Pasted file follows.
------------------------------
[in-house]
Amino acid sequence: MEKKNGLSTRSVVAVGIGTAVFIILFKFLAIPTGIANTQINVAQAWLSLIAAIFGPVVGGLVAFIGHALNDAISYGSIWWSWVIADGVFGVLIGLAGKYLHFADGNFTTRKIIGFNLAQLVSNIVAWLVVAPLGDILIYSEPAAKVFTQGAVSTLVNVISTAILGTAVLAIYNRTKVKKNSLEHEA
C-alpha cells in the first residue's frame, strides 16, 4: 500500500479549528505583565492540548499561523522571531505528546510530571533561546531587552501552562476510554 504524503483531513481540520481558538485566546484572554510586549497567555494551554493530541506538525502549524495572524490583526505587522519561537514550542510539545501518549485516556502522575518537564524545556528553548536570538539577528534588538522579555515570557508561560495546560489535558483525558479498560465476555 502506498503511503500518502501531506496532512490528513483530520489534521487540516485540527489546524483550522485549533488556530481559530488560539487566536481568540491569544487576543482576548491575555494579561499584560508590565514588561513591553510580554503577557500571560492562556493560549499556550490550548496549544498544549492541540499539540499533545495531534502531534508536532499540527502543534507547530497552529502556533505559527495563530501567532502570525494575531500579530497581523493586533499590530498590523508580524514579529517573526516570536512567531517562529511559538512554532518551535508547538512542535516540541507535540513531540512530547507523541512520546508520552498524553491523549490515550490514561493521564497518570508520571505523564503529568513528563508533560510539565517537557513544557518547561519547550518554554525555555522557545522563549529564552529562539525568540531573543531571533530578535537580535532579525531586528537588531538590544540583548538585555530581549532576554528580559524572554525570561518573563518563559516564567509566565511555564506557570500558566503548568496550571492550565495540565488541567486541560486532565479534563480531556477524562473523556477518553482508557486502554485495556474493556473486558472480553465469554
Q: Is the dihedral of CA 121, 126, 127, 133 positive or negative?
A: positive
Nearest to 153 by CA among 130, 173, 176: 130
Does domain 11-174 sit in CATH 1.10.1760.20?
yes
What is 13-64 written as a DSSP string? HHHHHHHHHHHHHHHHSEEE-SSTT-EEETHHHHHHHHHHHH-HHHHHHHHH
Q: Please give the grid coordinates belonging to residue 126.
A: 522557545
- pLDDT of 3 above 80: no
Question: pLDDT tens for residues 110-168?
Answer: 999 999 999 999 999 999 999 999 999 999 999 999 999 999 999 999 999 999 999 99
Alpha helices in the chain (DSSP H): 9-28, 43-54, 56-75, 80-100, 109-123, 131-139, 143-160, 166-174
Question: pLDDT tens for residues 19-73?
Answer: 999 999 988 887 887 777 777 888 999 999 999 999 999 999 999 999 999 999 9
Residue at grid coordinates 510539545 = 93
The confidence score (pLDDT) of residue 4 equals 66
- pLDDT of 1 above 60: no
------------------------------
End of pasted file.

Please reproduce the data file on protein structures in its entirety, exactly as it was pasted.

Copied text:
[in-house]
Amino acid sequence: MEKKNGLSTRSVVAVGIGTAVFIILFKFLAIPTGIANTQINVAQAWLSLIAAIFGPVVGGLVAFIGHALNDAISYGSIWWSWVIADGVFGVLIGLAGKYLHFADGNFTTRKIIGFNLAQLVSNIVAWLVVAPLGDILIYSEPAAKVFTQGAVSTLVNVISTAILGTAVLAIYNRTKVKKNSLEHEA
C-alpha cells in the first residue's frame, strides 16, 4: 500500500479549528505583565492540548499561523522571531505528546510530571533561546531587552501552562476510554 504524503483531513481540520481558538485566546484572554510586549497567555494551554493530541506538525502549524495572524490583526505587522519561537514550542510539545501518549485516556502522575518537564524545556528553548536570538539577528534588538522579555515570557508561560495546560489535558483525558479498560465476555 502506498503511503500518502501531506496532512490528513483530520489534521487540516485540527489546524483550522485549533488556530481559530488560539487566536481568540491569544487576543482576548491575555494579561499584560508590565514588561513591553510580554503577557500571560492562556493560549499556550490550548496549544498544549492541540499539540499533545495531534502531534508536532499540527502543534507547530497552529502556533505559527495563530501567532502570525494575531500579530497581523493586533499590530498590523508580524514579529517573526516570536512567531517562529511559538512554532518551535508547538512542535516540541507535540513531540512530547507523541512520546508520552498524553491523549490515550490514561493521564497518570508520571505523564503529568513528563508533560510539565517537557513544557518547561519547550518554554525555555522557545522563549529564552529562539525568540531573543531571533530578535537580535532579525531586528537588531538590544540583548538585555530581549532576554528580559524572554525570561518573563518563559516564567509566565511555564506557570500558566503548568496550571492550565495540565488541567486541560486532565479534563480531556477524562473523556477518553482508557486502554485495556474493556473486558472480553465469554
Q: Is the dihedral of CA 121, 126, 127, 133 positive or negative?
A: positive
Nearest to 153 by CA among 130, 173, 176: 130
Does domain 11-174 sit in CATH 1.10.1760.20?
yes
What is 13-64 written as a DSSP string? HHHHHHHHHHHHHHHHSEEE-SSTT-EEETHHHHHHHHHHHH-HHHHHHHHH
Q: Please give the grid coordinates belonging to residue 126.
A: 522557545
- pLDDT of 3 above 80: no
Question: pLDDT tens for residues 110-168?
Answer: 999 999 999 999 999 999 999 999 999 999 999 999 999 999 999 999 999 999 999 99
Alpha helices in the chain (DSSP H): 9-28, 43-54, 56-75, 80-100, 109-123, 131-139, 143-160, 166-174
Question: pLDDT tens for residues 19-73?
Answer: 999 999 988 887 887 777 777 888 999 999 999 999 999 999 999 999 999 999 9
Residue at grid coordinates 510539545 = 93
The confidence score (pLDDT) of residue 4 equals 66
- pLDDT of 1 above 60: no